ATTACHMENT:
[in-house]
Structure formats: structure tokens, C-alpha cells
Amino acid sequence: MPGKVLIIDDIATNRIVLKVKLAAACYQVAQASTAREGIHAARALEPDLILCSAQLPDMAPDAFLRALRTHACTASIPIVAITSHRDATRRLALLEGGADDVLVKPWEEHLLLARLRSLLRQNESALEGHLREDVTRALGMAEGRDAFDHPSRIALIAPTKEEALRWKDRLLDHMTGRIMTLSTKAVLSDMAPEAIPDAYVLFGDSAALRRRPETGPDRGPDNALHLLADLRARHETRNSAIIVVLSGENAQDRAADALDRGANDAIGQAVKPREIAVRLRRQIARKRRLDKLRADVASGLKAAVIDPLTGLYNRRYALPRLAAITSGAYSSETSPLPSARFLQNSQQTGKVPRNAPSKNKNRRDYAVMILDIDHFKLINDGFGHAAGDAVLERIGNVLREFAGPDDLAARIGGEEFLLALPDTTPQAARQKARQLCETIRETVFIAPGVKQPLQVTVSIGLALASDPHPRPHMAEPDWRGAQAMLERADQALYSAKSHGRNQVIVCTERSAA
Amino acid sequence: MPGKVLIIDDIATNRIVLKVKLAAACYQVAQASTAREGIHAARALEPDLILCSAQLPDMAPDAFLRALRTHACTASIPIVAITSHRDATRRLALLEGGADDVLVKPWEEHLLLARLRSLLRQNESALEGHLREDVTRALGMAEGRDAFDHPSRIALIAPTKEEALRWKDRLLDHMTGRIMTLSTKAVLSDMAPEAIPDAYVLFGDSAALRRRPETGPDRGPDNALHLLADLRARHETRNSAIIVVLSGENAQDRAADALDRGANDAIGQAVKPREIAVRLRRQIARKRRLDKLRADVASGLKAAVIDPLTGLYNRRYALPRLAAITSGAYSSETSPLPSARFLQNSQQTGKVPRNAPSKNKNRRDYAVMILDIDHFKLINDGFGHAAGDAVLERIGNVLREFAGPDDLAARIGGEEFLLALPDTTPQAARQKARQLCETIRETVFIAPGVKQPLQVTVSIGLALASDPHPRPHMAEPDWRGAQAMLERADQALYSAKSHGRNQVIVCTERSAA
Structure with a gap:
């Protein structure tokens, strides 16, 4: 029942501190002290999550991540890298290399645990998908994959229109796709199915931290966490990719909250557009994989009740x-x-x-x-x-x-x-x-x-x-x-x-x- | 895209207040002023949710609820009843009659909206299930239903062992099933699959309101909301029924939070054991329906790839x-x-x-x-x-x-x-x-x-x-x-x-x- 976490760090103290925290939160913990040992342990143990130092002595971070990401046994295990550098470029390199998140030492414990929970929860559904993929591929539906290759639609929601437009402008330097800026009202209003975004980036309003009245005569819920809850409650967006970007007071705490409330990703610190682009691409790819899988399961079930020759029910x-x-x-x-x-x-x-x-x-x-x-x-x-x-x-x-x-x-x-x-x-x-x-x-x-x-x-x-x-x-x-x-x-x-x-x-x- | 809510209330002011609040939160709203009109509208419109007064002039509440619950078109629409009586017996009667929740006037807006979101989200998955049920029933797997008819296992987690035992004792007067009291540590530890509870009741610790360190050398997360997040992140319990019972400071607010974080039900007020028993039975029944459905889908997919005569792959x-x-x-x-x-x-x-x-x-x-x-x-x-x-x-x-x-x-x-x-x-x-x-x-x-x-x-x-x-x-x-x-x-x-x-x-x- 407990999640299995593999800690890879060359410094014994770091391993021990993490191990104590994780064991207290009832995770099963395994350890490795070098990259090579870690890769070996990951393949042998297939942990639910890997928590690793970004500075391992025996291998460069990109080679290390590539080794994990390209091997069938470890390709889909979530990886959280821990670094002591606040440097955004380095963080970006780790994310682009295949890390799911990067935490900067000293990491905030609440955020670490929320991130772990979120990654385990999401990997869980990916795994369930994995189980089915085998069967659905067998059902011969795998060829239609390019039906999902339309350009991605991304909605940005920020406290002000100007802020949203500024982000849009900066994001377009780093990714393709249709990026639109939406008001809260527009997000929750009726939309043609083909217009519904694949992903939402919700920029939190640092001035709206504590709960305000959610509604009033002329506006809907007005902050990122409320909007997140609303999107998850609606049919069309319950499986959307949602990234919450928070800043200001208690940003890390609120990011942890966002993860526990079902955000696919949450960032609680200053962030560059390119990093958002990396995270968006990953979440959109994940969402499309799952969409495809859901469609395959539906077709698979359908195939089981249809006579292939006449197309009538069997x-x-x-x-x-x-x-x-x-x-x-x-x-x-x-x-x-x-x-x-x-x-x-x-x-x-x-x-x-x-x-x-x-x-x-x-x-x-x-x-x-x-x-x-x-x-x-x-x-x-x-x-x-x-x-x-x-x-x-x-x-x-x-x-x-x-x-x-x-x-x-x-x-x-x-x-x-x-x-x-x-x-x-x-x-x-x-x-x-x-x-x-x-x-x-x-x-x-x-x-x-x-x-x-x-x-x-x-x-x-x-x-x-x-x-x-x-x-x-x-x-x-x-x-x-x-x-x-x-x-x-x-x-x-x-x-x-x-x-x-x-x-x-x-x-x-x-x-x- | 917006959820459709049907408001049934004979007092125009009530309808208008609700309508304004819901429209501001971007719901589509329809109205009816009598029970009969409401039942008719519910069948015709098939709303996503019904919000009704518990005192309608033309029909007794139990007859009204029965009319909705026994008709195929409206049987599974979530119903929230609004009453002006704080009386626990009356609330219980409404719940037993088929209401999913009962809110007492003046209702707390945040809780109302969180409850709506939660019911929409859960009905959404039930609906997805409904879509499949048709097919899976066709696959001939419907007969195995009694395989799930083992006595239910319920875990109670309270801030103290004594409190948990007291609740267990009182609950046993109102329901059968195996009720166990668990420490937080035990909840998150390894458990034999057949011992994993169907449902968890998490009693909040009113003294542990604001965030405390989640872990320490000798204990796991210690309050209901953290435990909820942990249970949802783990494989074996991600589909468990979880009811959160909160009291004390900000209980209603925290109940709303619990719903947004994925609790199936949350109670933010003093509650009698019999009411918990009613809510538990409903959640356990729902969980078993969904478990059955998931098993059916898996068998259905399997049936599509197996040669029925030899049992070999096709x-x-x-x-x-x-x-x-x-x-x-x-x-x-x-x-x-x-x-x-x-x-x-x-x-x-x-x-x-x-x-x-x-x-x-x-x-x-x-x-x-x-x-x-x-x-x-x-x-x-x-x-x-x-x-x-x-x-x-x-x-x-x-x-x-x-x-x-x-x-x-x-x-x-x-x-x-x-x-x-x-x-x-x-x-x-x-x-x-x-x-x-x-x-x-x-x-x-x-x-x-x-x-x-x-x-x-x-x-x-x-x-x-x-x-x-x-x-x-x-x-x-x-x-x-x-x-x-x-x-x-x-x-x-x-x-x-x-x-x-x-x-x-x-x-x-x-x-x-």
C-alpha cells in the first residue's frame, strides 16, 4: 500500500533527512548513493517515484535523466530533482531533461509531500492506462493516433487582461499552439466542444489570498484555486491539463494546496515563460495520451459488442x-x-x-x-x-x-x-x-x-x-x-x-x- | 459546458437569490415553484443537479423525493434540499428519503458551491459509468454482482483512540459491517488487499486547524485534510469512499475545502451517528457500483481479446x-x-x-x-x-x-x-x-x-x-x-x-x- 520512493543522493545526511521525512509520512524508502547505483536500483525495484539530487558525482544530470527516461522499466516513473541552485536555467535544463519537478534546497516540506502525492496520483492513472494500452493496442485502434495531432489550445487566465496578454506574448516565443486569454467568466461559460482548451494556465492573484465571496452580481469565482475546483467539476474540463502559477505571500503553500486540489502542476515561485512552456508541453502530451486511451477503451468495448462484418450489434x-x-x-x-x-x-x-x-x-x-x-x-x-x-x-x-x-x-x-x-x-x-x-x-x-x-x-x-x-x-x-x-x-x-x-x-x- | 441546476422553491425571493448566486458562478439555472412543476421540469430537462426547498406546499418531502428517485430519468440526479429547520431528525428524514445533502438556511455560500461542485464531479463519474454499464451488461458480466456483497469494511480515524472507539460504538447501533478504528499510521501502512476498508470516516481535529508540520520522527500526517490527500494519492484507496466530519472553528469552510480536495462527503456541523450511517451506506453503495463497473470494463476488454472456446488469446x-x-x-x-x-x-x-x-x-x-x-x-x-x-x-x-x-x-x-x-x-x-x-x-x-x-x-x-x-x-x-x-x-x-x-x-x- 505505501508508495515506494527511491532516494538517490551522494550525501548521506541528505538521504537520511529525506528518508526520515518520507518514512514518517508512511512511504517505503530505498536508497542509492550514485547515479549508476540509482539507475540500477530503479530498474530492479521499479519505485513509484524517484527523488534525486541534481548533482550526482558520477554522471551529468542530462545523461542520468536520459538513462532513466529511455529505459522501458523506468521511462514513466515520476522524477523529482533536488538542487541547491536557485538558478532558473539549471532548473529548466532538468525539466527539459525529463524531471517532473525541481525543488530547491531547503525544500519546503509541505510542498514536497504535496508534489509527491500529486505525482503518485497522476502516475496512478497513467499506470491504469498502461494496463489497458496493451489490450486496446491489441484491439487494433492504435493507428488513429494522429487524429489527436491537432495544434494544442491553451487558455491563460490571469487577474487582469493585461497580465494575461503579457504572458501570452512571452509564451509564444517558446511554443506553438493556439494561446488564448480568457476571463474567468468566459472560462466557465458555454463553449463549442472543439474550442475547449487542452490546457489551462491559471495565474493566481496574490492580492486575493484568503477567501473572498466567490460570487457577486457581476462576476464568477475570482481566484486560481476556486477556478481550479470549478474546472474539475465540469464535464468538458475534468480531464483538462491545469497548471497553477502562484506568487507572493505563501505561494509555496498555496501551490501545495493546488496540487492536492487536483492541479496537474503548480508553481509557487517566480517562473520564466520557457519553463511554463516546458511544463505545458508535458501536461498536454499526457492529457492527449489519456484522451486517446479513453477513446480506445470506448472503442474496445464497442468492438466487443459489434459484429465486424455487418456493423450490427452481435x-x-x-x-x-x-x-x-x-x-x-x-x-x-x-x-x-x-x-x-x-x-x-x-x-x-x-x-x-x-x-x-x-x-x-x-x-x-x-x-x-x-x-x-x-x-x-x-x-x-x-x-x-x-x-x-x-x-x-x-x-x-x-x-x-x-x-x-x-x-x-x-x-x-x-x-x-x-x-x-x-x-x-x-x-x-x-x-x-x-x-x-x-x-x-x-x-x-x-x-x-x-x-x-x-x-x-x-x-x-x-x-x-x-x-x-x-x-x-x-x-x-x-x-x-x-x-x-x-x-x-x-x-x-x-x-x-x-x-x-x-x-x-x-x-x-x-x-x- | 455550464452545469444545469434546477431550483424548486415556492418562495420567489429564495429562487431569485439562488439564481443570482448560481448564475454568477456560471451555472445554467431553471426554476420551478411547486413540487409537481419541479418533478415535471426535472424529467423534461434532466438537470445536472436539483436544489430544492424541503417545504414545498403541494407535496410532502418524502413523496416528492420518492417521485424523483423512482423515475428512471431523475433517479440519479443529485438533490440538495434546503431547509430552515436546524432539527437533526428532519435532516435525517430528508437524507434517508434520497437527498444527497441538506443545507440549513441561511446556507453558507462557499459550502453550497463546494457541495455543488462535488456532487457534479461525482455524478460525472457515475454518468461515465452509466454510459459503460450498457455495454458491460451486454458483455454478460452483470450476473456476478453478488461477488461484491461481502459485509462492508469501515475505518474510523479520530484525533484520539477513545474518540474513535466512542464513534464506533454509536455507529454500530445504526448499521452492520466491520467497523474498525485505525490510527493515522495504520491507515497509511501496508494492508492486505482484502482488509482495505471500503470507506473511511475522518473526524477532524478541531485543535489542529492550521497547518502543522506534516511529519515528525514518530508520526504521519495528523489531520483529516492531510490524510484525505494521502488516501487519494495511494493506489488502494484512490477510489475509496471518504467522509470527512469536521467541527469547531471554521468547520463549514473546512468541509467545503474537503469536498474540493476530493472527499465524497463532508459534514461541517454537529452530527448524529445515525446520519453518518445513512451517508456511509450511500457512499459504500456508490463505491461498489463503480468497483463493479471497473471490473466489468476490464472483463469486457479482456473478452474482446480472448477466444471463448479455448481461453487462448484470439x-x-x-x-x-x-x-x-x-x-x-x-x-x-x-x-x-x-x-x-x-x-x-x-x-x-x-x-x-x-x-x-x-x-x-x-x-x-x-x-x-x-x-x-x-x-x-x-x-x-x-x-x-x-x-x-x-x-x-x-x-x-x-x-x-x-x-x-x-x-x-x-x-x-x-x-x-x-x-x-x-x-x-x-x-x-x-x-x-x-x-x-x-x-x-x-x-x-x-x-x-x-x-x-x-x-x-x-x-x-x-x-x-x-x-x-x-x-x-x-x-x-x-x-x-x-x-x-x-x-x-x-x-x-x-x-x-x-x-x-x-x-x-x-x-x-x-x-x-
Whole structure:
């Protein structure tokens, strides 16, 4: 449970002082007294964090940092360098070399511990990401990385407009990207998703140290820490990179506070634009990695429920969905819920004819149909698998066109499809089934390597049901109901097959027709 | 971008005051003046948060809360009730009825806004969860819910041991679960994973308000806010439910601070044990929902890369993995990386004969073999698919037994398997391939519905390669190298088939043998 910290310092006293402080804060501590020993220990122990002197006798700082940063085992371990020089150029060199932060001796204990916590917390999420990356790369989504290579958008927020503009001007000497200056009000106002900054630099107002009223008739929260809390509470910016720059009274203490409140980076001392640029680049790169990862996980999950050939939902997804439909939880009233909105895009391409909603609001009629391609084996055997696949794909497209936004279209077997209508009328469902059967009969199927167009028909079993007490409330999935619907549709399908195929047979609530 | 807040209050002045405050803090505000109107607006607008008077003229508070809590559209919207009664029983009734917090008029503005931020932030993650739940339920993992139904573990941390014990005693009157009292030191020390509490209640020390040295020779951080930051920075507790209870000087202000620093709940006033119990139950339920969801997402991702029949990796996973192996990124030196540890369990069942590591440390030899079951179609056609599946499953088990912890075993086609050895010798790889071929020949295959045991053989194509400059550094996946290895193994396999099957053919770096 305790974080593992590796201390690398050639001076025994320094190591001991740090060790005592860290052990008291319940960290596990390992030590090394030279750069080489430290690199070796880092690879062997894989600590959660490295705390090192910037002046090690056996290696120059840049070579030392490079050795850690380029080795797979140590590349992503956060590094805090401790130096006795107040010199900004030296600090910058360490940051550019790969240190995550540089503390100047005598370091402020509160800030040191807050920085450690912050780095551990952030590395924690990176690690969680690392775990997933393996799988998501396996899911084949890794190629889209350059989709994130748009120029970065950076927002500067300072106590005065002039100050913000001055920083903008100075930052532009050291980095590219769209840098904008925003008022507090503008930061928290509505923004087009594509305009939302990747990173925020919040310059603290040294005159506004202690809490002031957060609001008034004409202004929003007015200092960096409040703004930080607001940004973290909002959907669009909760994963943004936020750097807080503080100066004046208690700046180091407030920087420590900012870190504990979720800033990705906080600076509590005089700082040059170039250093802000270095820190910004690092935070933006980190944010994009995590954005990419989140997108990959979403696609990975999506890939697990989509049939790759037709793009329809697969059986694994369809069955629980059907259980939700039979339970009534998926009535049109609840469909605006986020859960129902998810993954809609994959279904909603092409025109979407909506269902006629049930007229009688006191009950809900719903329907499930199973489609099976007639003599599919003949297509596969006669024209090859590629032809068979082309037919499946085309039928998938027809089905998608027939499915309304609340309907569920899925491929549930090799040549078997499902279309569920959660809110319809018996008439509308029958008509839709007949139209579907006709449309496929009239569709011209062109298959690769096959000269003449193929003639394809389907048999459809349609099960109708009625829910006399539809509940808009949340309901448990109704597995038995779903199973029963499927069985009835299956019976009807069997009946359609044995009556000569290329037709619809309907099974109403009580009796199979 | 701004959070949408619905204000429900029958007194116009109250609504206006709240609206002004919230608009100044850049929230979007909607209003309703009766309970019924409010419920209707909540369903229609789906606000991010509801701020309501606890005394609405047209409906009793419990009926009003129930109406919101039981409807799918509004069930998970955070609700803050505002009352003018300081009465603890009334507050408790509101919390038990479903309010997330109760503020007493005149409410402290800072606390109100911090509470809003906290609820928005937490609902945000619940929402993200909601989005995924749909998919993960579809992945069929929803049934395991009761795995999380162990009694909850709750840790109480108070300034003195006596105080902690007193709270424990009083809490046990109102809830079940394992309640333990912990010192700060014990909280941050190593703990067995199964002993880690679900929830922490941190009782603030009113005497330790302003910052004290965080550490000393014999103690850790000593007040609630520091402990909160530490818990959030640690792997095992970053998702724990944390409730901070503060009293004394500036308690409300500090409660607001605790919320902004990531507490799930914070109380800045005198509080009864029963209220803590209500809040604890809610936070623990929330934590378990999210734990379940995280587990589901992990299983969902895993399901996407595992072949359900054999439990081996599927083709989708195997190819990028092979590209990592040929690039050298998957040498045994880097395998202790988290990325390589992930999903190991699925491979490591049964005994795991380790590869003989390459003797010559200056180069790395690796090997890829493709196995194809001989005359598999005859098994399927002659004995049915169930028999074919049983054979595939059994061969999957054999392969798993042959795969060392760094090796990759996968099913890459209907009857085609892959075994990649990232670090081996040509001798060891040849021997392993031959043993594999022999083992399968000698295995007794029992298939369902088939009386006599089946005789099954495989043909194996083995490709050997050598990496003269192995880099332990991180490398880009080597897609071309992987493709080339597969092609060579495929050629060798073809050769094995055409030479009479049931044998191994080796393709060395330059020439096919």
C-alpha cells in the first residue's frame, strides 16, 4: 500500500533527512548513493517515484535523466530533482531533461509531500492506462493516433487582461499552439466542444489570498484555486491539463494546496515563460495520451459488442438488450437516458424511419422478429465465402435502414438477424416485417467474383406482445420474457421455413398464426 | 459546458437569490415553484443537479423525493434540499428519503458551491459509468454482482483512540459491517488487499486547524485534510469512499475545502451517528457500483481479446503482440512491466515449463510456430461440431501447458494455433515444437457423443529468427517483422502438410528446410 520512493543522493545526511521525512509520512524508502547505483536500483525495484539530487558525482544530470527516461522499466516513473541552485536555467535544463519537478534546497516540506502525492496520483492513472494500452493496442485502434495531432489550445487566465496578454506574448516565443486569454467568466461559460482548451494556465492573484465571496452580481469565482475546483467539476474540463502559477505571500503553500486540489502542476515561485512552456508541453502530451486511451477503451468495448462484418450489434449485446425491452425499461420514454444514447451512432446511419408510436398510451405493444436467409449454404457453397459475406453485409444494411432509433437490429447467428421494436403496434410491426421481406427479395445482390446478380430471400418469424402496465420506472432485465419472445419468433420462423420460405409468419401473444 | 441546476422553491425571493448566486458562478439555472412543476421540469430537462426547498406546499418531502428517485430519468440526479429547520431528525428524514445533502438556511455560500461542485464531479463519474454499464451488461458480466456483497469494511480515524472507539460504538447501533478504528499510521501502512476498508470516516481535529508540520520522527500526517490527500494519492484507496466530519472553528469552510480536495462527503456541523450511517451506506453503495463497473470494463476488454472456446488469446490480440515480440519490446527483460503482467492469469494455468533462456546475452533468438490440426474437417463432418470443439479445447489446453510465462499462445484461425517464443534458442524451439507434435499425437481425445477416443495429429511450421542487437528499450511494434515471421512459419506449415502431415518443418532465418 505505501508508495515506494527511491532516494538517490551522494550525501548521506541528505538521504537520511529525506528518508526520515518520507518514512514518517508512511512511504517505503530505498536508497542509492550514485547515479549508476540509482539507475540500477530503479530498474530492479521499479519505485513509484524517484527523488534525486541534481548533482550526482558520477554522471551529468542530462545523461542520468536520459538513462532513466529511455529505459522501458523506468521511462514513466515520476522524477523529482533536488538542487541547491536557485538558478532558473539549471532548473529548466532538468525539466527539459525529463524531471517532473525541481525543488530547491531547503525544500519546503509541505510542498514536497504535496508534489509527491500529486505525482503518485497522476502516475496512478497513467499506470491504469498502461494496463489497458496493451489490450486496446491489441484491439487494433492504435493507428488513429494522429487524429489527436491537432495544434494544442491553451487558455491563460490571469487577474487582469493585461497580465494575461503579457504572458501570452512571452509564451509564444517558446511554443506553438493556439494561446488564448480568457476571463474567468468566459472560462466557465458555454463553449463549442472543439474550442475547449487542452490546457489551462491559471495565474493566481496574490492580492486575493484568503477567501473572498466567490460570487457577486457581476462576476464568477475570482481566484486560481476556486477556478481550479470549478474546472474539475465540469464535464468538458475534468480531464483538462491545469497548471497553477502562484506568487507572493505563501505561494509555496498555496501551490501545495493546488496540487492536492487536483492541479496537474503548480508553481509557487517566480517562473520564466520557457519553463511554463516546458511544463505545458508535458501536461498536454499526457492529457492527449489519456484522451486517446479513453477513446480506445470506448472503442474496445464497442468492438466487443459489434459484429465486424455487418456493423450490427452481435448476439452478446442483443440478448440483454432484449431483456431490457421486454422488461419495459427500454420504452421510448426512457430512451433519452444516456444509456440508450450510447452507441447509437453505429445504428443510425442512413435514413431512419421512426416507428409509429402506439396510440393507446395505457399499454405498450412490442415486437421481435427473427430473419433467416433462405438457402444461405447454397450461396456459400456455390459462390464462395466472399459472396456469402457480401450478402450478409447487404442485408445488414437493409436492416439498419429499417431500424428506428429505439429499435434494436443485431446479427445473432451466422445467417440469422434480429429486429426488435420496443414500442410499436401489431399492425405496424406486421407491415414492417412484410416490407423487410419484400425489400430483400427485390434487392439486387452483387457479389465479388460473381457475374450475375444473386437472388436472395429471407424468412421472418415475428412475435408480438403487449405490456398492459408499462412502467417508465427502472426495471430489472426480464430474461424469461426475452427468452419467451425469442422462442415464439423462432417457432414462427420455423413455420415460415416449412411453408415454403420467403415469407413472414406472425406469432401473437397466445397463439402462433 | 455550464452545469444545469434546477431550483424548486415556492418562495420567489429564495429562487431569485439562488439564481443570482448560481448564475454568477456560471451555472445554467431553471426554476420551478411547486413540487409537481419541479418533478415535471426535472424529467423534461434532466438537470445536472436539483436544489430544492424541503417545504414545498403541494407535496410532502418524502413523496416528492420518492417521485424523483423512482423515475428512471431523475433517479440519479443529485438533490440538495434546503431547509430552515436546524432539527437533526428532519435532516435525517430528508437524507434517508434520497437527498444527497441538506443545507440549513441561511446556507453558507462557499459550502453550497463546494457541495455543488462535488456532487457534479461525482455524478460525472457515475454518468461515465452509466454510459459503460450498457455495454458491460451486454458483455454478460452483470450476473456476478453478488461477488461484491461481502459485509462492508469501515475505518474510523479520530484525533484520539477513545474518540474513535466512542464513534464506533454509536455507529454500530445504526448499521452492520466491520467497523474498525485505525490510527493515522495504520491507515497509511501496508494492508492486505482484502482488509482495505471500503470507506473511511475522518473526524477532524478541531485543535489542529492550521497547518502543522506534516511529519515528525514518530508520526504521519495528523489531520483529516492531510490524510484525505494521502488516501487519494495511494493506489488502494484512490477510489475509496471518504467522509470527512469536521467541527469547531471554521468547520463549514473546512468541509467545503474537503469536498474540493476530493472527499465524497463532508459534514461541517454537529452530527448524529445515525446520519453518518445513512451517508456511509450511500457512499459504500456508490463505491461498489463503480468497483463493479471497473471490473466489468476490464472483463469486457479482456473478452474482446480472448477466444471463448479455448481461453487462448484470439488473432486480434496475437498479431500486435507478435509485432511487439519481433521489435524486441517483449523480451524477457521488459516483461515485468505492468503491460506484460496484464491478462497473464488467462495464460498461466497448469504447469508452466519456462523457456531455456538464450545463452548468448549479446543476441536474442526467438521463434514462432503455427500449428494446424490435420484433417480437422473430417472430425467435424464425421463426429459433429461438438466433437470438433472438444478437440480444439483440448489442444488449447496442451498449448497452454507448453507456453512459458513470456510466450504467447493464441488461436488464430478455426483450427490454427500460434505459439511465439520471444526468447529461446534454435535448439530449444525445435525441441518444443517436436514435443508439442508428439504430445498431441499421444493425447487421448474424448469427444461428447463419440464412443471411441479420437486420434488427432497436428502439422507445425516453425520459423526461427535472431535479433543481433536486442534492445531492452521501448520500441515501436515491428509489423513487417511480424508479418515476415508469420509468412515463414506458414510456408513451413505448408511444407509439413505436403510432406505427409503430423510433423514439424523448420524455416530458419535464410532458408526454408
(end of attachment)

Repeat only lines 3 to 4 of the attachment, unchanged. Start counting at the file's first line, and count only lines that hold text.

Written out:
Amino acid sequence: MPGKVLIIDDIATNRIVLKVKLAAACYQVAQASTAREGIHAARALEPDLILCSAQLPDMAPDAFLRALRTHACTASIPIVAITSHRDATRRLALLEGGADDVLVKPWEEHLLLARLRSLLRQNESALEGHLREDVTRALGMAEGRDAFDHPSRIALIAPTKEEALRWKDRLLDHMTGRIMTLSTKAVLSDMAPEAIPDAYVLFGDSAALRRRPETGPDRGPDNALHLLADLRARHETRNSAIIVVLSGENAQDRAADALDRGANDAIGQAVKPREIAVRLRRQIARKRRLDKLRADVASGLKAAVIDPLTGLYNRRYALPRLAAITSGAYSSETSPLPSARFLQNSQQTGKVPRNAPSKNKNRRDYAVMILDIDHFKLINDGFGHAAGDAVLERIGNVLREFAGPDDLAARIGGEEFLLALPDTTPQAARQKARQLCETIRETVFIAPGVKQPLQVTVSIGLALASDPHPRPHMAEPDWRGAQAMLERADQALYSAKSHGRNQVIVCTERSAA
Amino acid sequence: MPGKVLIIDDIATNRIVLKVKLAAACYQVAQASTAREGIHAARALEPDLILCSAQLPDMAPDAFLRALRTHACTASIPIVAITSHRDATRRLALLEGGADDVLVKPWEEHLLLARLRSLLRQNESALEGHLREDVTRALGMAEGRDAFDHPSRIALIAPTKEEALRWKDRLLDHMTGRIMTLSTKAVLSDMAPEAIPDAYVLFGDSAALRRRPETGPDRGPDNALHLLADLRARHETRNSAIIVVLSGENAQDRAADALDRGANDAIGQAVKPREIAVRLRRQIARKRRLDKLRADVASGLKAAVIDPLTGLYNRRYALPRLAAITSGAYSSETSPLPSARFLQNSQQTGKVPRNAPSKNKNRRDYAVMILDIDHFKLINDGFGHAAGDAVLERIGNVLREFAGPDDLAARIGGEEFLLALPDTTPQAARQKARQLCETIRETVFIAPGVKQPLQVTVSIGLALASDPHPRPHMAEPDWRGAQAMLERADQALYSAKSHGRNQVIVCTERSAA